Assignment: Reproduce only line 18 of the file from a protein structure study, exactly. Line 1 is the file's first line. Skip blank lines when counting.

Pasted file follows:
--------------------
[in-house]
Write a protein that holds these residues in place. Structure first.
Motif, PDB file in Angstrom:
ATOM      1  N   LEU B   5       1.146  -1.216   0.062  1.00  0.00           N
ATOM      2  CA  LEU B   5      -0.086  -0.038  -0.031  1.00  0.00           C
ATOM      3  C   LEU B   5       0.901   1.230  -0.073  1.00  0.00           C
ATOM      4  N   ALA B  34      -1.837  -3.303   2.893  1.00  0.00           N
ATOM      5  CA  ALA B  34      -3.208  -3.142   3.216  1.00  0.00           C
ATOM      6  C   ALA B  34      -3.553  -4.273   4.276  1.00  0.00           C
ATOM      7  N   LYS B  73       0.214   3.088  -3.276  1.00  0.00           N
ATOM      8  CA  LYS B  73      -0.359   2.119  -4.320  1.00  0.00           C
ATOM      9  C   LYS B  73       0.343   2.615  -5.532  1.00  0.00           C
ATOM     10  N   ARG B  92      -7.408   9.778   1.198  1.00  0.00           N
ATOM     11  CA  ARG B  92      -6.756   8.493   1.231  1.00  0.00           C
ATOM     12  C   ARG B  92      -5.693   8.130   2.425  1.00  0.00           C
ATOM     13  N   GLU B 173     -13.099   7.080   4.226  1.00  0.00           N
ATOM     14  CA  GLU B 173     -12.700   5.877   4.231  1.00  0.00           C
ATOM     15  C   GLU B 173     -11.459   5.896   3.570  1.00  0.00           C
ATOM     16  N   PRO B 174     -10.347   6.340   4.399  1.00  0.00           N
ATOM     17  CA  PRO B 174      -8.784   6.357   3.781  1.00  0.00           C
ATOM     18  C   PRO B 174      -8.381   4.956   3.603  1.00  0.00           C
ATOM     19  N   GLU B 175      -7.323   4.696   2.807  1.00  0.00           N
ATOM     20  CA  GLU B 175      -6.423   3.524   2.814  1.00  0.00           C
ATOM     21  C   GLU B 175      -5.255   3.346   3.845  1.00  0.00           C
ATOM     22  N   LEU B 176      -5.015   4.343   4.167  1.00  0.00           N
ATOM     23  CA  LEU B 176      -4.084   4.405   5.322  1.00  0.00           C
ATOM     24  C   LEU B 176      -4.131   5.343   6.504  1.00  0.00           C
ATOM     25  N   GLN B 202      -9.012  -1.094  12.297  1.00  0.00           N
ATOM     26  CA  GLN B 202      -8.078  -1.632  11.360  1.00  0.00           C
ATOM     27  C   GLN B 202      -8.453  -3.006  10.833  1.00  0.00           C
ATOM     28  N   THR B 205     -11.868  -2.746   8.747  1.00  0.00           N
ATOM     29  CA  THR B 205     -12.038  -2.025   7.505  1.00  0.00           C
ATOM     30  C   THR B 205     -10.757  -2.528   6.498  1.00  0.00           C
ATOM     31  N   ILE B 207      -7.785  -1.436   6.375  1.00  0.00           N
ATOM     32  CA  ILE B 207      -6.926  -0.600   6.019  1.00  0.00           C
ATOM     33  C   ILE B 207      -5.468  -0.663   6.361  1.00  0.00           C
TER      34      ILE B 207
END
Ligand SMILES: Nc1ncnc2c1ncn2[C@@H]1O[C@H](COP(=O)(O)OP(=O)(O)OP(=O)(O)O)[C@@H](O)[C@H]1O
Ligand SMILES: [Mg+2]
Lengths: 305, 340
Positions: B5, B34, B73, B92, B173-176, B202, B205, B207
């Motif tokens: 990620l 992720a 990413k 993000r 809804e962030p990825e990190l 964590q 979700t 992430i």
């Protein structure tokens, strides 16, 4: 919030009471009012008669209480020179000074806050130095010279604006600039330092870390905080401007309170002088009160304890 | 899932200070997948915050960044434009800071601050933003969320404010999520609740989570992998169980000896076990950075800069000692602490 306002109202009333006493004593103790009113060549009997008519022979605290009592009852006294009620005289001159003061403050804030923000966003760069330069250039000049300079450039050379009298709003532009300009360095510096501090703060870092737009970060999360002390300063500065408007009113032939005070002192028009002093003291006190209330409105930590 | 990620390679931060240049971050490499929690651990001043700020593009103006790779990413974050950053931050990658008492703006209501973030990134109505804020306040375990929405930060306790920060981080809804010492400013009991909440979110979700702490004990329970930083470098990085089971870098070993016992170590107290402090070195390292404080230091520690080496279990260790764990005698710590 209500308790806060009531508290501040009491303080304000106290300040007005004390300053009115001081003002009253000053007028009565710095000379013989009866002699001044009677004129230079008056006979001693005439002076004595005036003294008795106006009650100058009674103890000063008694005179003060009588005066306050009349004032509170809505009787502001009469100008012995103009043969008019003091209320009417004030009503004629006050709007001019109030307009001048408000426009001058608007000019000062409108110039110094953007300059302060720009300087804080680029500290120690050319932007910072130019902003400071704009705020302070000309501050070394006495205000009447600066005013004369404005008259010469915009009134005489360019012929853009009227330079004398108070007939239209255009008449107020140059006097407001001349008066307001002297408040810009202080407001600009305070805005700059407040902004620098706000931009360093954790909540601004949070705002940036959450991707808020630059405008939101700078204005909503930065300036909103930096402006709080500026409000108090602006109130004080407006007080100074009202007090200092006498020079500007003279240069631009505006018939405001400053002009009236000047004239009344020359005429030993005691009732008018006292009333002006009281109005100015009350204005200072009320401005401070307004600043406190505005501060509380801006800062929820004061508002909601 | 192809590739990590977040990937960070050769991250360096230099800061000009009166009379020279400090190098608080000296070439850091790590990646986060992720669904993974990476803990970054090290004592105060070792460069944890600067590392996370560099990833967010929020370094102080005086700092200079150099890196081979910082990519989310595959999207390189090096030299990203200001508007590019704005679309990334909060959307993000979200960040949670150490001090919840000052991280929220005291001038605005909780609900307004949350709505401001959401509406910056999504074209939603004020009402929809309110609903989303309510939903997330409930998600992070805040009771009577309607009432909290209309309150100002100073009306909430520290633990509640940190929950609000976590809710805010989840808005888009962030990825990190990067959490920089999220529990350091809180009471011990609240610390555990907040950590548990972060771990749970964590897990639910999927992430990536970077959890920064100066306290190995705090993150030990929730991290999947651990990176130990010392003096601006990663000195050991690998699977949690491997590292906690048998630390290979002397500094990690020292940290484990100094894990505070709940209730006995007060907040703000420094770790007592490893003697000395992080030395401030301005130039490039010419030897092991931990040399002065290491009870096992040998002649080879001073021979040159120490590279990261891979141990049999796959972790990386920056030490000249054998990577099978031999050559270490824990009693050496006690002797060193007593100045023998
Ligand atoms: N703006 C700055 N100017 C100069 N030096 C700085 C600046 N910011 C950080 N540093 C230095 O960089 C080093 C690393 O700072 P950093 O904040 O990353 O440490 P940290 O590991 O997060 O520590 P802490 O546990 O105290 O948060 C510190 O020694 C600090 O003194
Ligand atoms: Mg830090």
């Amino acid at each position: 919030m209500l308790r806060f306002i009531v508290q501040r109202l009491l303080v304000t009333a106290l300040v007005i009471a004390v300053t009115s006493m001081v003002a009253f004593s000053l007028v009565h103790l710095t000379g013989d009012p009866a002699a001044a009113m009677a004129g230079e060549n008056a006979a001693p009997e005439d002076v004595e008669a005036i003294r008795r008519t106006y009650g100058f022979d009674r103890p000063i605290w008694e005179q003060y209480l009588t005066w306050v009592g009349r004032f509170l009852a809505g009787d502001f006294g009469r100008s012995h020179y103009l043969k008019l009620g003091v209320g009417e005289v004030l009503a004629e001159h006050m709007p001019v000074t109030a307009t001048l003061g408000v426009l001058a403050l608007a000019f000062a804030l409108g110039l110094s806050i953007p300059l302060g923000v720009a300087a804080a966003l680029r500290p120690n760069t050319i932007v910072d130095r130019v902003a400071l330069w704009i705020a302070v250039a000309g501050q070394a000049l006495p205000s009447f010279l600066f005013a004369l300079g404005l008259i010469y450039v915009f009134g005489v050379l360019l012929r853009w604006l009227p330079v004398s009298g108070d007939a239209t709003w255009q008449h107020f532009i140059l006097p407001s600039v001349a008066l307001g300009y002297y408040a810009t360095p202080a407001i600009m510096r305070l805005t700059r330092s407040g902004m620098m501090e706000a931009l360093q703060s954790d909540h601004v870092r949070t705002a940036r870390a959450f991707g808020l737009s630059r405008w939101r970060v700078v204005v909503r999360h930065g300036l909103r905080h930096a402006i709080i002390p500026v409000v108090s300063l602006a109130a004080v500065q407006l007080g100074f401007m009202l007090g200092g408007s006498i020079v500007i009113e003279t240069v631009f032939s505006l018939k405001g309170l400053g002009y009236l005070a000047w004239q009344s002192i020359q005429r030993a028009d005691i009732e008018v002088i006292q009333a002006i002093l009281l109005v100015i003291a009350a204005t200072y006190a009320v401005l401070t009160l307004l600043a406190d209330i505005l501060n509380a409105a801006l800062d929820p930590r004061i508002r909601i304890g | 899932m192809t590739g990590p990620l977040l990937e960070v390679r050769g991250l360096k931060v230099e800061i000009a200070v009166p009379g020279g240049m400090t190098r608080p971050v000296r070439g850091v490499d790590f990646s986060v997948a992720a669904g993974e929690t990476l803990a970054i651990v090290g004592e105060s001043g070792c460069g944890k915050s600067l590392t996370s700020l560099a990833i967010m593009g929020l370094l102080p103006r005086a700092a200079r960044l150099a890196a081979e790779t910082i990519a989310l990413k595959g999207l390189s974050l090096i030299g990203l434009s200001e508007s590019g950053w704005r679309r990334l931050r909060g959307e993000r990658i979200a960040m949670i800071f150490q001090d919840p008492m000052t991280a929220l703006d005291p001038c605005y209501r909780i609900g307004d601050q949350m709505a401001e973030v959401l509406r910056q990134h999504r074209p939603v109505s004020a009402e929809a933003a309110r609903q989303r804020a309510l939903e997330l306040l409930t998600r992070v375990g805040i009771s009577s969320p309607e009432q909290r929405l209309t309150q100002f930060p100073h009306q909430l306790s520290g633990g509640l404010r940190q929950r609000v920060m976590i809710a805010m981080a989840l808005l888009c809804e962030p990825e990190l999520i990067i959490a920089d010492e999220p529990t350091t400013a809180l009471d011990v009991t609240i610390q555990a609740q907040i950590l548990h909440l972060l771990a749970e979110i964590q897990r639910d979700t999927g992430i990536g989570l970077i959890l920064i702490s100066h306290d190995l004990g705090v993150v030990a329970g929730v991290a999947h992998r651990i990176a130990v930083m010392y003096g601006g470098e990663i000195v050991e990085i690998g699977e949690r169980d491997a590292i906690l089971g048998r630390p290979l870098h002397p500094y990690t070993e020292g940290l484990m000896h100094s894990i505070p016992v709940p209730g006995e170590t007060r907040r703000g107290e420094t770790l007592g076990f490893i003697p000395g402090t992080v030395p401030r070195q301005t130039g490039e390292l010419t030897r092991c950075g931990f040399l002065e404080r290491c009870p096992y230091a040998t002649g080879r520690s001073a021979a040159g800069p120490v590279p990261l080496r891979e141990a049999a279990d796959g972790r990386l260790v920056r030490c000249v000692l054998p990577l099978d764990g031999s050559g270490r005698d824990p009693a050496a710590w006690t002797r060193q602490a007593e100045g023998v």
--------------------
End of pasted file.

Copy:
ATOM     15  C   GLU B 173     -11.459   5.896   3.570  1.00  0.00           C